Some of the violence in Mark Steven Johnson’s Killing Season is farfetched. The ending is a hokey bid for a feel-good spin in an otherwise nasty movie. Yet this tale of two old soldiers–one American, one Serbian–battling it out in the Smoky Mountains is surprisingly watchable.They proceed to torture one another via physical and mental means akin to those seen in films with Saw in the title.Benjamin Ford (Robert De Niro) saw terrible things during the war in Bosnia. Now he spends his time living alone in a cabin in the mountains, estranged from his family. He reads Hemingway. He stays away from people. Then Emil Kovac (John Travolta) appears, helping him fix his truck after it breaks down in a rainstorm. After a night of drinking and listening to hillbilly music, Kovac talks Ford into a hunting trip in the mountains. Both are bow and arrow enthusiasts. But Kovac, a former member of a Serbian death squad, has an ulterior motive. Ford wounded him in Bosnia, forcing Kovac to spend years learning to walk again. Now he wants to see how they match up man to man, alone with their weapons of choice. They proceed to torture one another via physical and mental means akin to those seen in films with Saw in the title.
If it sounds like a formula, that’s because it is a formula. Some might watch this movie and write it off as a reheated Chuck Norris script. But it’s the stuff that happens in between the ugly violence that makes the movie worth your time. True, the film is dumbed down a bit because contemporary producers won’t make a movie unless blood is pouring from the screen, but the first half in which the two banter and tease each other is sort of interesting and easily the high point of Even Daugherty’s screenplay. We never quite know what Kovac is up to, and the slight tension between Kovac and Ford feels like a scene in a Harold Pinter play where two old adversaries size each other up. If the rest of the movie feels like Hell in the Pacific meets First Blood, well, so be it. Johnson renders the cat-and-mouse games between Ford and Kovac with much suspense.He becomes, in that instant, a living piece of old-school Americana. John Wayne or Charlton Heston couldn’t have looked any better.The average person couldn’t survive the physical traumas showcased in this movie, but Johnson is trying to create something mythical. His past movies include Daredevil and Ghost Rider, so realism isn’t necessarily his forte. Still, there’s something about Killing Season that makes me think he’s on to something. There’s a scene near the end where Ford stands on a mountain top, a Winchester rifle in his hands. He becomes, in that instant, a living piece of old-school Americana. John Wayne or Charlton Heston couldn’t have looked any better. (And is it just a coincidence that Daugherty named the character “Ford”–perhaps after John Ford, the director of many classic westerns?)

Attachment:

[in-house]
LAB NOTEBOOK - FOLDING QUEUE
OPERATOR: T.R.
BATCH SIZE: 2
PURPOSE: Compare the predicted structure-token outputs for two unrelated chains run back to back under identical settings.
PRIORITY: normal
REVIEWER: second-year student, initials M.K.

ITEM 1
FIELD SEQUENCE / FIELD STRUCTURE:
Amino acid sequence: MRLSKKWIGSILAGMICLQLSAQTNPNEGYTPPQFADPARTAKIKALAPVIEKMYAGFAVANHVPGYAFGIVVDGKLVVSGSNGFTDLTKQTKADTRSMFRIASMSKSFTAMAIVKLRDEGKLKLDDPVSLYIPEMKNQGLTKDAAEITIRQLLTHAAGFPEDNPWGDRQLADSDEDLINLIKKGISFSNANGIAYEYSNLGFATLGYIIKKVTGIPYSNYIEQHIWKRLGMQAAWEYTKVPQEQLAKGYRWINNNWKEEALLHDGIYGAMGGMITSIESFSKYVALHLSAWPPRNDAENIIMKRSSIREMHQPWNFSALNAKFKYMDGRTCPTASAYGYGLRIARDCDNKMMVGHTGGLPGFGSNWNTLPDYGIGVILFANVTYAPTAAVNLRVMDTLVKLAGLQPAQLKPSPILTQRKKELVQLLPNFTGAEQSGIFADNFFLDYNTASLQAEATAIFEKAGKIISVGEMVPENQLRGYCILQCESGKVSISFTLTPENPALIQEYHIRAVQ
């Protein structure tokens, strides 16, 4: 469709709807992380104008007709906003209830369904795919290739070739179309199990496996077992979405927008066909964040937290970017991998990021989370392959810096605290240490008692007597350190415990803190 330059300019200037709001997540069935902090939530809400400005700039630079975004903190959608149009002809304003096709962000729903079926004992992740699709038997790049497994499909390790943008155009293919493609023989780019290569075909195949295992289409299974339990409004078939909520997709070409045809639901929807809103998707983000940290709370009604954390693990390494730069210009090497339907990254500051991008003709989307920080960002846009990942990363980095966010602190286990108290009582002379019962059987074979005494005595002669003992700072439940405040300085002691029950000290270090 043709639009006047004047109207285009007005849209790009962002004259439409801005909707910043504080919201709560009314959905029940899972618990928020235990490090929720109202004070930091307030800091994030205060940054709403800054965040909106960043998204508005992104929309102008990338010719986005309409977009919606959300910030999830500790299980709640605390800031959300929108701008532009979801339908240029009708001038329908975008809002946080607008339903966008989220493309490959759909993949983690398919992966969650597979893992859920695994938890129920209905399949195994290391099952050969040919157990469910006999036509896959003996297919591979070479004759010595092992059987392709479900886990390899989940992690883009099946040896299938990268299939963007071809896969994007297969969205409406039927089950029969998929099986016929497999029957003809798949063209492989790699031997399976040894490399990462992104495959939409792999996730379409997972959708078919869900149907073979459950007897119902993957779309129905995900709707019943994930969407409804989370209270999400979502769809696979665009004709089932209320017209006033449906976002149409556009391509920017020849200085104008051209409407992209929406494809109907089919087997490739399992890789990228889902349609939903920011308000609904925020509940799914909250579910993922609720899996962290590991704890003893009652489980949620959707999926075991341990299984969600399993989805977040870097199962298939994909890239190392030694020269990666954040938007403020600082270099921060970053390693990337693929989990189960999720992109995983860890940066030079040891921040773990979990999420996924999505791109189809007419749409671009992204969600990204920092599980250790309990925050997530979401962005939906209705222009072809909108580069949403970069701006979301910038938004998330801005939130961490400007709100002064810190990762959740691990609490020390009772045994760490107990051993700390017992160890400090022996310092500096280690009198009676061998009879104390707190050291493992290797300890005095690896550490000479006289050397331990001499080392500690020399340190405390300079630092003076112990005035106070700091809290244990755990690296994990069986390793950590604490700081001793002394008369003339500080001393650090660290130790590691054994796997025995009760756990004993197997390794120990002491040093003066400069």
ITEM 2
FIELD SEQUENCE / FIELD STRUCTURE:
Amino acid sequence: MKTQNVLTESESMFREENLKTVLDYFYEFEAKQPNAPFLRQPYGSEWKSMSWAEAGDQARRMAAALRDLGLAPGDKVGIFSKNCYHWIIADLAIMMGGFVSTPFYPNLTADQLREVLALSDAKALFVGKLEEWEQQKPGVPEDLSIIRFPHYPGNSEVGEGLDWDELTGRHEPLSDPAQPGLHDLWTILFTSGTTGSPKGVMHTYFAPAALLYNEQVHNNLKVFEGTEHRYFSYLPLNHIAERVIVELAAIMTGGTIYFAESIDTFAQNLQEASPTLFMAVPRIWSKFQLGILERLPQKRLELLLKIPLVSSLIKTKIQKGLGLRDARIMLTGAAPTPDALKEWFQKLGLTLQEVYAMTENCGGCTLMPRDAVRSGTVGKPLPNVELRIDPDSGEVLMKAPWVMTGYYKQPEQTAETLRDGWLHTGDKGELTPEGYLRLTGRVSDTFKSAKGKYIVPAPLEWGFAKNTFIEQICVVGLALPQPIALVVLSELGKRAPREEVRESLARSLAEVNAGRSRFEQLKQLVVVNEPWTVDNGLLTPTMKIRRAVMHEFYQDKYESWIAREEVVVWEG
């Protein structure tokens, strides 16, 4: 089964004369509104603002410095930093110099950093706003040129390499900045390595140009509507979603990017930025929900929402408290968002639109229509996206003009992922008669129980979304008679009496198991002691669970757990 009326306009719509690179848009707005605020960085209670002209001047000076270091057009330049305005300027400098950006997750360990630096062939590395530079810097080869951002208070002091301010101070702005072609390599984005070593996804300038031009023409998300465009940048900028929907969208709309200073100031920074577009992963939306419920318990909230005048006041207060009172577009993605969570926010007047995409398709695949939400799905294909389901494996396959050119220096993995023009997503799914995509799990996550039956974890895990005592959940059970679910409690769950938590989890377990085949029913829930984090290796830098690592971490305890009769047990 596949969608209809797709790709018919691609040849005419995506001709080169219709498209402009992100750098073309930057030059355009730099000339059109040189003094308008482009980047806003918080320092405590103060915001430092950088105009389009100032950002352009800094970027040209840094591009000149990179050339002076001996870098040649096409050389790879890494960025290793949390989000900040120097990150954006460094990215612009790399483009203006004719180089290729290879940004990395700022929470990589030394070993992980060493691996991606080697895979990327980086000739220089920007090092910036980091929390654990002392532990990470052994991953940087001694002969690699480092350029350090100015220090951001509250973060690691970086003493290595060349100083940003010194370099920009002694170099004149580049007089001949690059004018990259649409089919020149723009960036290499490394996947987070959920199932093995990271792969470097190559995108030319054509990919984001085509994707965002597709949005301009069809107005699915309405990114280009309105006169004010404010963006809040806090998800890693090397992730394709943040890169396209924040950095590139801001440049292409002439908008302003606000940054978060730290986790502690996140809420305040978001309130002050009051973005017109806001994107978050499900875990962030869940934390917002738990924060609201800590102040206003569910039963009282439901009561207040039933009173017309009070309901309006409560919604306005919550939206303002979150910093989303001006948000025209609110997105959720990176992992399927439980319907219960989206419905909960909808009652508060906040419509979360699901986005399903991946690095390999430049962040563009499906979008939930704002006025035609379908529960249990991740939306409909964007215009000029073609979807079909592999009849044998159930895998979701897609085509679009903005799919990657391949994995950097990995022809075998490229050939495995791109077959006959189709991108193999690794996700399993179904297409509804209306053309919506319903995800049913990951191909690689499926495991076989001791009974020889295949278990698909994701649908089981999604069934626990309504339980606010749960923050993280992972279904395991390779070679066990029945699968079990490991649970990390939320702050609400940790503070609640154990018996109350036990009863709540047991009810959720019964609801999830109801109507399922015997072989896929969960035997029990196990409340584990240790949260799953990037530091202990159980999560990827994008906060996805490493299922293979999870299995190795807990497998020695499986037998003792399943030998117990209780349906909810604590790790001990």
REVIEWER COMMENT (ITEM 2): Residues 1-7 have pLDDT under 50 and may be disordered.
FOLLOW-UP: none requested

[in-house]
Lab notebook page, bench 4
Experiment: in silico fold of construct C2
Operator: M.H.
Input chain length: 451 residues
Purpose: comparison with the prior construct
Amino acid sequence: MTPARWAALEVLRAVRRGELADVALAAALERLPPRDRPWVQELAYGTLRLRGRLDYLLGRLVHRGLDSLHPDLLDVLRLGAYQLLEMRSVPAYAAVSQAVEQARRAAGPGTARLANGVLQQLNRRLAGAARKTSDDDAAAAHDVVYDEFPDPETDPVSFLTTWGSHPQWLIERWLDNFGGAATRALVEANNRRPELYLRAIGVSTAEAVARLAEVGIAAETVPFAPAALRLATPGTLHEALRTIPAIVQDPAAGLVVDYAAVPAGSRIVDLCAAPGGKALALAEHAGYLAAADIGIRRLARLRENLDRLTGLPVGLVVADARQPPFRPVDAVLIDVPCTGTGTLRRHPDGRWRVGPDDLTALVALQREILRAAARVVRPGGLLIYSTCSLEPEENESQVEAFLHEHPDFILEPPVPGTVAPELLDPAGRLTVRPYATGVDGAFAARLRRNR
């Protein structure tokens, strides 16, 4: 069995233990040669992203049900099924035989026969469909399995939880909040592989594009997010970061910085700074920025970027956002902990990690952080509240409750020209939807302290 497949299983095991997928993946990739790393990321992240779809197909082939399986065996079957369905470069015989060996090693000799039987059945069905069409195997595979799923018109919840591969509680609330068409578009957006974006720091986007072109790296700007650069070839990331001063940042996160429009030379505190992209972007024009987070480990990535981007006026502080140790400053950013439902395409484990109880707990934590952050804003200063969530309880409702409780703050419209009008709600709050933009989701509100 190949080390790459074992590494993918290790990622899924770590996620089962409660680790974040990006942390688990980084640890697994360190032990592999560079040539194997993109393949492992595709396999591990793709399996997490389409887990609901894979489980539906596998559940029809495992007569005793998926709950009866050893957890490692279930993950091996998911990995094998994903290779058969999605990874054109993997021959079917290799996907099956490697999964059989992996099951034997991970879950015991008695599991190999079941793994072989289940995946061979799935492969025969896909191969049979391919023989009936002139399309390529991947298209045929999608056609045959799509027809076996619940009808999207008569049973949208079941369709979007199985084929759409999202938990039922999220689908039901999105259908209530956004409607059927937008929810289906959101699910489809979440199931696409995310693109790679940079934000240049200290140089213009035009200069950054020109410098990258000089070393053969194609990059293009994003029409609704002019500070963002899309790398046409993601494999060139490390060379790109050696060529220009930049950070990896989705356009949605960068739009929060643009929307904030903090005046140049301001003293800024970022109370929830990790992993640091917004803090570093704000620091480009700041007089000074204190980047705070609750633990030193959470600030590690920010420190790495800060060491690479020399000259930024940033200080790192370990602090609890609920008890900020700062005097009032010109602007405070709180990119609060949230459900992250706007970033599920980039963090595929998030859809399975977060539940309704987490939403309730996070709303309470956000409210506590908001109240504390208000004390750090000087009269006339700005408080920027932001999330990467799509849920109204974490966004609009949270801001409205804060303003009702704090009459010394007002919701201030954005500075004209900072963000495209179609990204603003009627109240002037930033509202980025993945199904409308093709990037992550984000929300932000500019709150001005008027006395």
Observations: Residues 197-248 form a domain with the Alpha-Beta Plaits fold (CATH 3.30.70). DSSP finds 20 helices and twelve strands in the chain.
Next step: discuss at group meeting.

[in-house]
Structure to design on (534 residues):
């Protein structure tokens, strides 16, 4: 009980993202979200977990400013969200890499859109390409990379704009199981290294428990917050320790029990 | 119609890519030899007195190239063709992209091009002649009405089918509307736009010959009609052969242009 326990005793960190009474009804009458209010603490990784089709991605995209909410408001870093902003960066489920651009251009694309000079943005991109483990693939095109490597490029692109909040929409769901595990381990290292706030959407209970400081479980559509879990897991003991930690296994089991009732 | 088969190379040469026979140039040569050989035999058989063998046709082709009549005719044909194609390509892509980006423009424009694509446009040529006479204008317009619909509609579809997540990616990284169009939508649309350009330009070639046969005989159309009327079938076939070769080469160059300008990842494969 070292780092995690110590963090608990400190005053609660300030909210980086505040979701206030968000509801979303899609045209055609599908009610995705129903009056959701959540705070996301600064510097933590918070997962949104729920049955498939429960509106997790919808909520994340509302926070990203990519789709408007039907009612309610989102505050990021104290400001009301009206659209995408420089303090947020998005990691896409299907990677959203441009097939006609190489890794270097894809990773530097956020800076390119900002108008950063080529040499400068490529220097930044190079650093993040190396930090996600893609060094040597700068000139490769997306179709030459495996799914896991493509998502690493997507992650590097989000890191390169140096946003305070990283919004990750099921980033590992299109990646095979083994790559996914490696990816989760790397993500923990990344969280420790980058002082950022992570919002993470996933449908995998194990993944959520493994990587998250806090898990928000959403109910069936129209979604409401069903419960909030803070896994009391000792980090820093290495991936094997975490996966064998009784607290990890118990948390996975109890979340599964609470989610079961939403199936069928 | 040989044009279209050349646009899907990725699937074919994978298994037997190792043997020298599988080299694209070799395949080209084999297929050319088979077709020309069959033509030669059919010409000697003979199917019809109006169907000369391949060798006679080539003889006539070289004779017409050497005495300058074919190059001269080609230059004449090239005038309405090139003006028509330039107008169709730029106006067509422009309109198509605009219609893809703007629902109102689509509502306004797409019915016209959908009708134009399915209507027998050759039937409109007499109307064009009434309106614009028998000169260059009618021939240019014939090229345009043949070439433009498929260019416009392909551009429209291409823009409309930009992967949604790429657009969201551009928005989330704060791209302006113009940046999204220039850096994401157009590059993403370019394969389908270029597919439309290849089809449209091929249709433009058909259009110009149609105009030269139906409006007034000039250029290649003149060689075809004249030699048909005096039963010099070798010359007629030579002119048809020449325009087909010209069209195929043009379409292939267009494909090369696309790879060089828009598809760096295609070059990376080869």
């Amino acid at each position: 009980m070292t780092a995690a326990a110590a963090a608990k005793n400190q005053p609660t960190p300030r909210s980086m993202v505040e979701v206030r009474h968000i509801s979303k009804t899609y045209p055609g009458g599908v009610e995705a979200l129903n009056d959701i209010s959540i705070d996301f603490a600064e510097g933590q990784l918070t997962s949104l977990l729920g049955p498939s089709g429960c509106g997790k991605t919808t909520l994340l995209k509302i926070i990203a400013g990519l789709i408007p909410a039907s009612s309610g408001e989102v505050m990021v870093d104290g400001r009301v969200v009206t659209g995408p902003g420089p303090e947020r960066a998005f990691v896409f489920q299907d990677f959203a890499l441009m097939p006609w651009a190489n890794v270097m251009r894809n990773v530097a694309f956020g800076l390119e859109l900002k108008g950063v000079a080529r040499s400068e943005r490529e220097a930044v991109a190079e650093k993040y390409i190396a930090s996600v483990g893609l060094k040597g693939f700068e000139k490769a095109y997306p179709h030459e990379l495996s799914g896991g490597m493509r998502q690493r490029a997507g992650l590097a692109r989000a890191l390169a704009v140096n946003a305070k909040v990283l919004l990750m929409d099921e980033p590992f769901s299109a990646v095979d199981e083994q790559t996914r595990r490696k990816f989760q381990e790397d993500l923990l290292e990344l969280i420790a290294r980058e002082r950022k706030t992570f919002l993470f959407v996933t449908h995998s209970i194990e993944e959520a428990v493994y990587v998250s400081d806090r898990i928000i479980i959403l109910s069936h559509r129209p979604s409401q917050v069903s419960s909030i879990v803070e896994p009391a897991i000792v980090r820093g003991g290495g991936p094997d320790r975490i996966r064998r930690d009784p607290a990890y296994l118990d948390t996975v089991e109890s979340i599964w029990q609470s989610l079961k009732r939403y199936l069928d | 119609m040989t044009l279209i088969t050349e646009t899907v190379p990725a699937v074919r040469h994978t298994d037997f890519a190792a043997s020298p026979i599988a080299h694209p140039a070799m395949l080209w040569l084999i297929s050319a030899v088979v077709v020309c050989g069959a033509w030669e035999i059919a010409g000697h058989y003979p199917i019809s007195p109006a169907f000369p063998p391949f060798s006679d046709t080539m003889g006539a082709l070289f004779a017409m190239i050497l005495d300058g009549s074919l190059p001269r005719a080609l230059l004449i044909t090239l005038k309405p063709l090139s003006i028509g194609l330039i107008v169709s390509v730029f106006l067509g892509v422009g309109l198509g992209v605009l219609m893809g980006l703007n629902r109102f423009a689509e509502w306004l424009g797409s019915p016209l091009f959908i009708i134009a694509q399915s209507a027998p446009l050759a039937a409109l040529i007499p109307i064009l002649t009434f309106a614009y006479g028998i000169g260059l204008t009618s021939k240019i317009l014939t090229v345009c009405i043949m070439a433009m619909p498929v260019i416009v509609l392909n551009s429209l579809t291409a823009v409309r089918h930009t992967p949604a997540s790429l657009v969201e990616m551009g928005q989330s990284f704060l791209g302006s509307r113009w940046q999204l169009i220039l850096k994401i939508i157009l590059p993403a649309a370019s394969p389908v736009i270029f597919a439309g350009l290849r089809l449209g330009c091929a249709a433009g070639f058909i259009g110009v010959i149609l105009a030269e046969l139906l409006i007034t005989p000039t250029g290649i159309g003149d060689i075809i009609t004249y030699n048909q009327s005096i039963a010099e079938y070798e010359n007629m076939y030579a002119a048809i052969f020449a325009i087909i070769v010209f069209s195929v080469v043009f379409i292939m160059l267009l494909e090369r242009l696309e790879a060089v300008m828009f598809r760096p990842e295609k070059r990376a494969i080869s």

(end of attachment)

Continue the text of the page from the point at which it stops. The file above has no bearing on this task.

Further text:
Johnson with cinematographer Peter Menzies Jr. make the mountain scenery look rough and beautiful. The musical score by Christopher Young is winsome. This all helps set up a great line for Kovac, who says that his country is beautiful too, but that there’s an invisible layer of blood that only he can see. A good line, no doubt.
In fact, enjoyed much of Travolta’s lines in this movie. As Kovac, Travolta looks quite butch with a chinstrap beard, and his single-minded determination to kill Ford is chilling. He’s a believable villain, marching through the woods like Yul Brynner as the robot gunslinger in West World, but he also has quirks. At one point he sings Johnny Cash songs in a Serbian accent. Travolta has had a career of incredible highs and lows, and in recent years he’s suffered through some box office bombs and personal troubles. A familiar face in the tabloids, it’s easy to forget that he’s a capable and adventurous actor. His Kovac reminds us.There will be many who feel De Niro, now 70, is too old for this kind of a movie. And perhaps they’re right, but for the rest of us it’s nice to see that the old brawler still has a few rounds left in him.There was a time when each new De Niro movie was greeted like an event. He was saddled early with the dreaded “best actor of his generation” tag, and during the 1970s and 1980s critics and moviegoers couldn’t wait to see what he’d do next. In recent years, though, some almost wish he’d stop making movies. Routine cop dramas and dumb comedies fill his bank accounts, but do nothing for his legacy. There was a return to form in Being Flynn (2012), in which he played a loudmouthed, unpublished novelist who ends up homeless. As Benjamin Ford in Killing Season, he seems motivated yet again. There’s a brief scene early in the film in which he tells his son that he won’t be able to attend his grandson’s baptism. He gives quick, light answers, but we can see the pain in his eyes. It’s a great little scene performed by a master actor. There will be many who feel De Niro, now 70, is too old for this kind of a movie. And perhaps they’re right, but for the rest of us it’s nice to see that the old brawler still has a few rounds left in him.
Killing Season is playing at select theaters and on various VOD services.
Run time: 90 minutes